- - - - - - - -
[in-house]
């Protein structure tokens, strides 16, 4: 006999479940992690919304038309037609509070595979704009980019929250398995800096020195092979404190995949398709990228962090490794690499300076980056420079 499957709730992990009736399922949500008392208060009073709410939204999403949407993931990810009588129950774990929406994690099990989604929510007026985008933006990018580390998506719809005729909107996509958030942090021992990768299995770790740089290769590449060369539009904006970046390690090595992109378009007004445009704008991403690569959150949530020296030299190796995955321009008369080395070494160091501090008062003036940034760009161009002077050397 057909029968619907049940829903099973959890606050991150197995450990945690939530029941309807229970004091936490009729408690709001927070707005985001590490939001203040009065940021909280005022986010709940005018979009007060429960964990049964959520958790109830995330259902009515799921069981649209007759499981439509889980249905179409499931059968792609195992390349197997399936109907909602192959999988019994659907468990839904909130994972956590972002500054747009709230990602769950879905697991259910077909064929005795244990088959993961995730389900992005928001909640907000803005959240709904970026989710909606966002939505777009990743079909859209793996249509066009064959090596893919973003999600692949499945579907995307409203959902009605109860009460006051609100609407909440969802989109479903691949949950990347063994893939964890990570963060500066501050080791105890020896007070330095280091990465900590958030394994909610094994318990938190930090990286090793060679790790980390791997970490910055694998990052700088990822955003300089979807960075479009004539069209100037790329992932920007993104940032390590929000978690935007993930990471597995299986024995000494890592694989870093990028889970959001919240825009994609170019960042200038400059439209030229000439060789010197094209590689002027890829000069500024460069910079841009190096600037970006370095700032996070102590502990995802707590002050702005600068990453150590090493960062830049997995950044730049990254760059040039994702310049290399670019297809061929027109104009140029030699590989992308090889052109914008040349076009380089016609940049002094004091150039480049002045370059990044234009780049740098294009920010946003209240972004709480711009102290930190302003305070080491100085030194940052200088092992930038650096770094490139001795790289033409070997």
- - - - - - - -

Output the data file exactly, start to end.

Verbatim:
[in-house]
């Protein structure tokens, strides 16, 4: 006999479940992690919304038309037609509070595979704009980019929250398995800096020195092979404190995949398709990228962090490794690499300076980056420079 499957709730992990009736399922949500008392208060009073709410939204999403949407993931990810009588129950774990929406994690099990989604929510007026985008933006990018580390998506719809005729909107996509958030942090021992990768299995770790740089290769590449060369539009904006970046390690090595992109378009007004445009704008991403690569959150949530020296030299190796995955321009008369080395070494160091501090008062003036940034760009161009002077050397 057909029968619907049940829903099973959890606050991150197995450990945690939530029941309807229970004091936490009729408690709001927070707005985001590490939001203040009065940021909280005022986010709940005018979009007060429960964990049964959520958790109830995330259902009515799921069981649209007759499981439509889980249905179409499931059968792609195992390349197997399936109907909602192959999988019994659907468990839904909130994972956590972002500054747009709230990602769950879905697991259910077909064929005795244990088959993961995730389900992005928001909640907000803005959240709904970026989710909606966002939505777009990743079909859209793996249509066009064959090596893919973003999600692949499945579907995307409203959902009605109860009460006051609100609407909440969802989109479903691949949950990347063994893939964890990570963060500066501050080791105890020896007070330095280091990465900590958030394994909610094994318990938190930090990286090793060679790790980390791997970490910055694998990052700088990822955003300089979807960075479009004539069209100037790329992932920007993104940032390590929000978690935007993930990471597995299986024995000494890592694989870093990028889970959001919240825009994609170019960042200038400059439209030229000439060789010197094209590689002027890829000069500024460069910079841009190096600037970006370095700032996070102590502990995802707590002050702005600068990453150590090493960062830049997995950044730049990254760059040039994702310049290399670019297809061929027109104009140029030699590989992308090889052109914008040349076009380089016609940049002094004091150039480049002045370059990044234009780049740098294009920010946003209240972004709480711009102290930190302003305070080491100085030194940052200088092992930038650096770094490139001795790289033409070997």